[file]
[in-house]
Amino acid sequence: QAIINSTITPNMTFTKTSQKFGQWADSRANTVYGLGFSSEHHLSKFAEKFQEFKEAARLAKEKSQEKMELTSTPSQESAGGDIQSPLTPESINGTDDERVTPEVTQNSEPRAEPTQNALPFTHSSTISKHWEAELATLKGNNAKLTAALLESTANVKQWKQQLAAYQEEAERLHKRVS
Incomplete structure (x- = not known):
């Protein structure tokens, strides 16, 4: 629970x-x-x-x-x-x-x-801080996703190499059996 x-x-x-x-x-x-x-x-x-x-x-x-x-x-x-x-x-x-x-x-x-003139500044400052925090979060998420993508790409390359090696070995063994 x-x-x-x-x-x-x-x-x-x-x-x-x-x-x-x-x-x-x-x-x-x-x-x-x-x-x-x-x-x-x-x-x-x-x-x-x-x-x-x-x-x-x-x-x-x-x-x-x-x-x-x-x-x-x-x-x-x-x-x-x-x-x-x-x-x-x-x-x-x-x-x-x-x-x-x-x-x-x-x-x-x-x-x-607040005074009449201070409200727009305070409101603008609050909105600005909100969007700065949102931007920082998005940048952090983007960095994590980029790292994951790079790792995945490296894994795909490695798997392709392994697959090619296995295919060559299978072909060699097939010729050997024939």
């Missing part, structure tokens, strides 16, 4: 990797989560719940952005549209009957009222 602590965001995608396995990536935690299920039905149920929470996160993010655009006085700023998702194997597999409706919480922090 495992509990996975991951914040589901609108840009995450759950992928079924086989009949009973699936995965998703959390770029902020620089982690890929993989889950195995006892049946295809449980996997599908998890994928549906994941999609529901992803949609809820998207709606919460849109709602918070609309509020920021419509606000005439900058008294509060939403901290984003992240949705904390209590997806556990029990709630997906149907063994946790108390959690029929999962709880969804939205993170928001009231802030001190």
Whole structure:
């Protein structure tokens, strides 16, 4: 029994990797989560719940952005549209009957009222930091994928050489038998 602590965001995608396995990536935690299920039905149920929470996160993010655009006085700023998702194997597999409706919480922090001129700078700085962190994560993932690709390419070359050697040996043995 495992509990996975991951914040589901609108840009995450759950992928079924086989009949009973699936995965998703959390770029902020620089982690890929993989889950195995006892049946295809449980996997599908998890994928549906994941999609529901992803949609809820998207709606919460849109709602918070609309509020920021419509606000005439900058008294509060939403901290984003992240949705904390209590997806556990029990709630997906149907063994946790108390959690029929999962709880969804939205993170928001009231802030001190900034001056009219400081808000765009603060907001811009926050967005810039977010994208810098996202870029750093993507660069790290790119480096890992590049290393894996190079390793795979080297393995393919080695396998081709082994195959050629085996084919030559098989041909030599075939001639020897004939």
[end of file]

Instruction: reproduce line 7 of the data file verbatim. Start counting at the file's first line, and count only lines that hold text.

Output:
């Protein structure tokens, strides 16, 4: 029994990797989560719940952005549209009957009222930091994928050489038998 602590965001995608396995990536935690299920039905149920929470996160993010655009006085700023998702194997597999409706919480922090001129700078700085962190994560993932690709390419070359050697040996043995 495992509990996975991951914040589901609108840009995450759950992928079924086989009949009973699936995965998703959390770029902020620089982690890929993989889950195995006892049946295809449980996997599908998890994928549906994941999609529901992803949609809820998207709606919460849109709602918070609309509020920021419509606000005439900058008294509060939403901290984003992240949705904390209590997806556990029990709630997906149907063994946790108390959690029929999962709880969804939205993170928001009231802030001190900034001056009219400081808000765009603060907001811009926050967005810039977010994208810098996202870029750093993507660069790290790119480096890992590049290393894996190079390793795979080297393995393919080695396998081709082994195959050629085996084919030559098989041909030599075939001639020897004939």